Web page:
Just in time for the new year, Peter Barrett posted a video on our Facebook page of his Zagi 400 launching with an E9-P rocket.
Peter, a retired financial officer in London, has been flying RC aircraft for more than 20 years. His interest in RC aircraft began as a child with TV shows such as “Airwolf” and “Blue Thunder.” The show, “Battlestar Galactica” and the movie, “Star Wars” sparked his interest in space and rockets as well.
“I was always building models of planes and helicopters, and dreamed of becoming a pilot,” he said in an email to us at Zagi.
As a child, asthma kept him grounded, but that didn’t stop him from learning and building RC aircraft. He first built airplanes and helicopters out of Legos before graduating to aircraft kits.
He saved his money and built his first RC helicopter—a Concept 30 DX helicopter and has added to his “fleet” from there. He taught himself how to fly and combined flying with his interest in photography. He installed a 110 film camera on the helicopter skids and taking aerial photographs on his first kit.
“I now fly electric models and still have around 20 various models ranging from gliders, scale planes, quadcopters, racing wings and EDF jets,” he said. “A few years later, I went to a large model show and saw a demonstration of Estes model rockets.”
He purchased a starter set the following week.
“From that first launch, I was hooked,” he said. Since then, he’s added smaller rockets to his RC helicopter and has even launched the rockets while airborne.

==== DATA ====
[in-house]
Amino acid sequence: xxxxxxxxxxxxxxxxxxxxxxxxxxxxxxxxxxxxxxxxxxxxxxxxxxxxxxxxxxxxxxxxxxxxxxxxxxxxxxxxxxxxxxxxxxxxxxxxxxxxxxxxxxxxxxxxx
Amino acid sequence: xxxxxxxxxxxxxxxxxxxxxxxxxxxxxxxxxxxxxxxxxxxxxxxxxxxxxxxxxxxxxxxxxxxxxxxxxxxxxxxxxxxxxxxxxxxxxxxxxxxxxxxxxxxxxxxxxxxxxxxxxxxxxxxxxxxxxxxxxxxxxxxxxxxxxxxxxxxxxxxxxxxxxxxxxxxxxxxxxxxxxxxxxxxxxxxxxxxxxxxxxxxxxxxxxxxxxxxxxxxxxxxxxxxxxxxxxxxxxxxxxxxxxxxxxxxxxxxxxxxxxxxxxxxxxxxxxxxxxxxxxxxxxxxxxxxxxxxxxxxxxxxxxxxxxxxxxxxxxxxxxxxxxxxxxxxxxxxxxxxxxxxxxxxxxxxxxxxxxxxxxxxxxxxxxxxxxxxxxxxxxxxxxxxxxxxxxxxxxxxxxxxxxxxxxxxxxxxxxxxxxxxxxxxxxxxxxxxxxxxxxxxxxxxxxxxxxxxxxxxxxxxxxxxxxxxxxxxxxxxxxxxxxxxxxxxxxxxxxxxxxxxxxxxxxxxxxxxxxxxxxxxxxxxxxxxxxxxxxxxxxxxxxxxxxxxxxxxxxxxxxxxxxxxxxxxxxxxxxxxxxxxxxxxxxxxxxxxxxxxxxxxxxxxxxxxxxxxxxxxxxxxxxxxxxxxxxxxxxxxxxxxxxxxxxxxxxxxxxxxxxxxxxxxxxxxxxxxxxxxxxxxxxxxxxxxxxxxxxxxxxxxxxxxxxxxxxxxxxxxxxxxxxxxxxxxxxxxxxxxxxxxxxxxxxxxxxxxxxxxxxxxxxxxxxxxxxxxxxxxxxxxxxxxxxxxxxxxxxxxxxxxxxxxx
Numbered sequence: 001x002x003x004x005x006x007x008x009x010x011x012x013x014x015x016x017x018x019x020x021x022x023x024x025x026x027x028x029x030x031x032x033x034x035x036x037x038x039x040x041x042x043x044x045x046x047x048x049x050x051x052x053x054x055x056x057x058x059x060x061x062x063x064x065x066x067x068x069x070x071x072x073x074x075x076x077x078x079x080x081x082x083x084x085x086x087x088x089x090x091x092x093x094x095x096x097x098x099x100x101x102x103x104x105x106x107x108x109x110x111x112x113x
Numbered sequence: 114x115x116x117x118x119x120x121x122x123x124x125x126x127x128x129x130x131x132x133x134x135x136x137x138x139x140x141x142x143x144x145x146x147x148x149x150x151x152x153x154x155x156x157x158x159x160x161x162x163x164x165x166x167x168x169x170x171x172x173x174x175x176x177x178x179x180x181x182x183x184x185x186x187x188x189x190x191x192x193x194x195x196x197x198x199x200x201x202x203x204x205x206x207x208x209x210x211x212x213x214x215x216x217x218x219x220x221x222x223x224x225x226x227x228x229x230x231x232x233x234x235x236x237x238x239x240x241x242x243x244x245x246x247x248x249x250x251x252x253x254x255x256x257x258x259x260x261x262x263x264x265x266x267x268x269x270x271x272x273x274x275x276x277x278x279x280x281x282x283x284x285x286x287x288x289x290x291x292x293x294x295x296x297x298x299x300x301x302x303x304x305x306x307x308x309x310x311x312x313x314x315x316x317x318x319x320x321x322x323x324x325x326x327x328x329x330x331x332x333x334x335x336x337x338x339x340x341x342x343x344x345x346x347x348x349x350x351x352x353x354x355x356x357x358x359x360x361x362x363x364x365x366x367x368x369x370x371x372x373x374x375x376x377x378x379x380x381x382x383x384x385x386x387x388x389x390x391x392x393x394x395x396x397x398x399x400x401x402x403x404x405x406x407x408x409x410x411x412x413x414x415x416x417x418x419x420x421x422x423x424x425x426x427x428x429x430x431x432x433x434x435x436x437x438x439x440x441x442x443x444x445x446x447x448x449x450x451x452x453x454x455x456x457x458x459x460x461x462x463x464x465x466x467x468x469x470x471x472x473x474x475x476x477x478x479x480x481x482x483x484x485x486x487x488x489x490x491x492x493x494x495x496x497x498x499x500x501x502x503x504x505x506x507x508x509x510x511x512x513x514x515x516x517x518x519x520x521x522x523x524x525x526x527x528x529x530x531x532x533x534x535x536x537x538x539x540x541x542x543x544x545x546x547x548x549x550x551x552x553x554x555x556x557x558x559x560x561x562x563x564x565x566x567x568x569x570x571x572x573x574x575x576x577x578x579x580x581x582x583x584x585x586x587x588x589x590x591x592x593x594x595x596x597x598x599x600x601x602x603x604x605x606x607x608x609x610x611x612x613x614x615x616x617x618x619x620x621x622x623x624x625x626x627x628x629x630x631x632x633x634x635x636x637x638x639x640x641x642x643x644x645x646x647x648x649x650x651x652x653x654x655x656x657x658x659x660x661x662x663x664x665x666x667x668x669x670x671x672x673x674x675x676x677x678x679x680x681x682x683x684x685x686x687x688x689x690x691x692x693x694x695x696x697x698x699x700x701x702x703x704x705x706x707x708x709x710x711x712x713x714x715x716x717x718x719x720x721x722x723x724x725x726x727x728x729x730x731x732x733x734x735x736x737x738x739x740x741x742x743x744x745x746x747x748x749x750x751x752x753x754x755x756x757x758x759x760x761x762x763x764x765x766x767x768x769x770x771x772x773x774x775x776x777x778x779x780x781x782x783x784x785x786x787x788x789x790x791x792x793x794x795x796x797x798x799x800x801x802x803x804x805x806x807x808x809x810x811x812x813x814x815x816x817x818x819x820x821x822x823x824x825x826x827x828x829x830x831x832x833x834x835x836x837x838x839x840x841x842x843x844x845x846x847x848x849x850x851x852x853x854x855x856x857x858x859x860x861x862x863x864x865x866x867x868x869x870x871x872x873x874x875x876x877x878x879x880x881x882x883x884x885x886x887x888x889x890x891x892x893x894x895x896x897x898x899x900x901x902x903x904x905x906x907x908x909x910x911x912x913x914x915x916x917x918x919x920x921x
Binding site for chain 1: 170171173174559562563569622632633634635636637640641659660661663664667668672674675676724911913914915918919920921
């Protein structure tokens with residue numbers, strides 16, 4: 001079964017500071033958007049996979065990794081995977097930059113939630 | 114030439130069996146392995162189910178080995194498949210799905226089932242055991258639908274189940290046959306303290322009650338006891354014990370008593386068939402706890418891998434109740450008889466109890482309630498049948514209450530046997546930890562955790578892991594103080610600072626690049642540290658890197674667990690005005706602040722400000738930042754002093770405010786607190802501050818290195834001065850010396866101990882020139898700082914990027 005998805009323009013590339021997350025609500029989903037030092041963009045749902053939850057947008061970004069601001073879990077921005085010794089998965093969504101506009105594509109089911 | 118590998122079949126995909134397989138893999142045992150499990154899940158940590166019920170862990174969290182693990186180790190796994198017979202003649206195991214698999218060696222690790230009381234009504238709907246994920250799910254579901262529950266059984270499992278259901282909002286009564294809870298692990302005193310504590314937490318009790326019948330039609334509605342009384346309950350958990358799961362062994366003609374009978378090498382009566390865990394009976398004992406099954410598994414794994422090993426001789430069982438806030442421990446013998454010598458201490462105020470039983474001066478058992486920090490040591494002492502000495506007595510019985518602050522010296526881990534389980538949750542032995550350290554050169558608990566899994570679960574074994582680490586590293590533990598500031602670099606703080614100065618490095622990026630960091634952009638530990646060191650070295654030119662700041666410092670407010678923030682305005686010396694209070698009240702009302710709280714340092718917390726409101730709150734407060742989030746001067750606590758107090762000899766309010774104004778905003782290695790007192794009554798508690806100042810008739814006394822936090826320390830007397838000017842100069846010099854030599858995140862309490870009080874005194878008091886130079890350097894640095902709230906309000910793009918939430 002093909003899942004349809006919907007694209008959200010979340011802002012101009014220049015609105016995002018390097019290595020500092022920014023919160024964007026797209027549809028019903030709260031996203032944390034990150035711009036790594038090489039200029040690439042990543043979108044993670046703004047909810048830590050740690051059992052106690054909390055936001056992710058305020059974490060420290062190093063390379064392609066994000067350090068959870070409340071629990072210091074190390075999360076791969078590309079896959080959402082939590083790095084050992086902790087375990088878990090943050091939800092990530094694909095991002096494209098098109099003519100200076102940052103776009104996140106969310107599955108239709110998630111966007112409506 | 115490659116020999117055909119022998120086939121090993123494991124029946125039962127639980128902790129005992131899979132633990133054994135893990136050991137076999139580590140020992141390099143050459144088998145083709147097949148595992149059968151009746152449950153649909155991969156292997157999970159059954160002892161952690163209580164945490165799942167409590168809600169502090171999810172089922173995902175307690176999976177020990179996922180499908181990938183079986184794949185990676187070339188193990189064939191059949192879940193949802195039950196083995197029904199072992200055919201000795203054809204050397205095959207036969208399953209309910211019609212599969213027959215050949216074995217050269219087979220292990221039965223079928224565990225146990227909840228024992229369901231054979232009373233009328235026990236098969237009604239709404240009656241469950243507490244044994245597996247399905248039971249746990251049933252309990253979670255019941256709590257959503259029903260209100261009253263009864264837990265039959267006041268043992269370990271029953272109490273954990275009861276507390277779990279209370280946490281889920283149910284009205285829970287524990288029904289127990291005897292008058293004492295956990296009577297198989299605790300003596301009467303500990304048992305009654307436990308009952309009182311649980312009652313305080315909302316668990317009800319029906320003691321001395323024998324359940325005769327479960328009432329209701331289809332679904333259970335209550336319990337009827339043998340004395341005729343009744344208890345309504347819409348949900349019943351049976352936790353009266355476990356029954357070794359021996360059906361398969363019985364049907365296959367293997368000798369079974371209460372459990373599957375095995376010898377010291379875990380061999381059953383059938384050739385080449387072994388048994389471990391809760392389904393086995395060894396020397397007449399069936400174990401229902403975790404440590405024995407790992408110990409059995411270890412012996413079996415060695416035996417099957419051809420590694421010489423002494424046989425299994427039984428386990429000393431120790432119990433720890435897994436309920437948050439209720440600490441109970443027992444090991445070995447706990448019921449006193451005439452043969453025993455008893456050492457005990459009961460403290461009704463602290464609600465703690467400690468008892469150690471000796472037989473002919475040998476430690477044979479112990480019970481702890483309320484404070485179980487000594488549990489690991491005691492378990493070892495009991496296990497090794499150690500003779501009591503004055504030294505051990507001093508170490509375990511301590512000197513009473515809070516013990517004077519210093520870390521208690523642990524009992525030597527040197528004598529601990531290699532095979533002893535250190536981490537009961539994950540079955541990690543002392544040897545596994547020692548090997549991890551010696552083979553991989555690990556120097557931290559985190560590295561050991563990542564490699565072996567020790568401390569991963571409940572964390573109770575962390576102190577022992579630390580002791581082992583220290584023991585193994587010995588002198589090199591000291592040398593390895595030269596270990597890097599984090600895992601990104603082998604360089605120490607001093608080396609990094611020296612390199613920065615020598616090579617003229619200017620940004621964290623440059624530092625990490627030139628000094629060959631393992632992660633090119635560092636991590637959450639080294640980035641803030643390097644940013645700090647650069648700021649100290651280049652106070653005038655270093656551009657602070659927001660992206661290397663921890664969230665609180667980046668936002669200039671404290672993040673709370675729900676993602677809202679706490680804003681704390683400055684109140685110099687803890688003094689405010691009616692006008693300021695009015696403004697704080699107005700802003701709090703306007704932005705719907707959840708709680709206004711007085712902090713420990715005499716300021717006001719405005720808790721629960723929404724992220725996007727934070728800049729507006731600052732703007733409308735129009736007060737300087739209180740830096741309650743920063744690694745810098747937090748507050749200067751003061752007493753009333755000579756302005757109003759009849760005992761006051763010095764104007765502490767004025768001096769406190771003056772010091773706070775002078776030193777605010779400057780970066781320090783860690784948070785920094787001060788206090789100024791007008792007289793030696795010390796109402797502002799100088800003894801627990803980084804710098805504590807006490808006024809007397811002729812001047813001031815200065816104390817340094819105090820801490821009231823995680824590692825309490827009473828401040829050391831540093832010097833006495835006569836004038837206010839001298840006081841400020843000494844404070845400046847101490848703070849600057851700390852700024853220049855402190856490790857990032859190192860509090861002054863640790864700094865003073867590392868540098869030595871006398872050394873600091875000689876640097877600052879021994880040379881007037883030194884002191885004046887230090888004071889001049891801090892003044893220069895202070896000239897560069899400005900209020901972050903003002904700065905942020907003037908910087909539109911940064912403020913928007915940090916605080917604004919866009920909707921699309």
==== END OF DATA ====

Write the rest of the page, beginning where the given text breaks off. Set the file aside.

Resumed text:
Peter also is a member of HART (Hornchurch Airfield Rocket Team), which is a group that meets to launch rockets together. The group has since become an international one. They teach children about rockets and organize large model displays and workshops.
“We have also done a number of TV shows, including a live launches on BBC1’s Red Nose Day, The Royal Christmas Lectures and Techno Games, and helped behind the scenes on several others,” he said.
Peter is currently building a Level 3 High Power Rocket, which he says will be around 12 feet long when finished.
Between his two passions, it seemed inevitable that they would cross over. When his electric motor died on his Zagi one day back in 2008, he saw an opportunity.
“I realized the motor was the same diameter as a rocket engine. So, I stripped out the motor and ESC and fitted a rocket motor mount. After several tests, I found it flew great on E9-P motors and reaches around 400 feet with then around a minute of gliding. It has also flown on 2 and 3 stage motors to get to higher altitudes and launched on more powerful motors for faster take offs,” he said.
He’s learned to launch the rocket Zagi at a low angle to gain air speed with those motors. On the video, “Zagi Onboard Flight 002,” he flew the wing after launching it with the rocket. The wing has reached between 60 and 70 mph on the D and E class motors and around 120 mph on an F class motor. “(That) ended quickly when I pulled up too hard whilst under full power from the rocket motor and the Zagi’s wings folded and snapped,” he said.
Peter has flown his Zagi wing at several model clubs and large model shows in London in addition to participating with HART. Currently, the rocket-powered Zagi was recently retired.
“I now have a bigger delta wing rocket glider which I fly regularly at the clubs,” he said. “Hopefully, sometime this year I will be buying a new electric Zagi and fitting FPV gear to it.”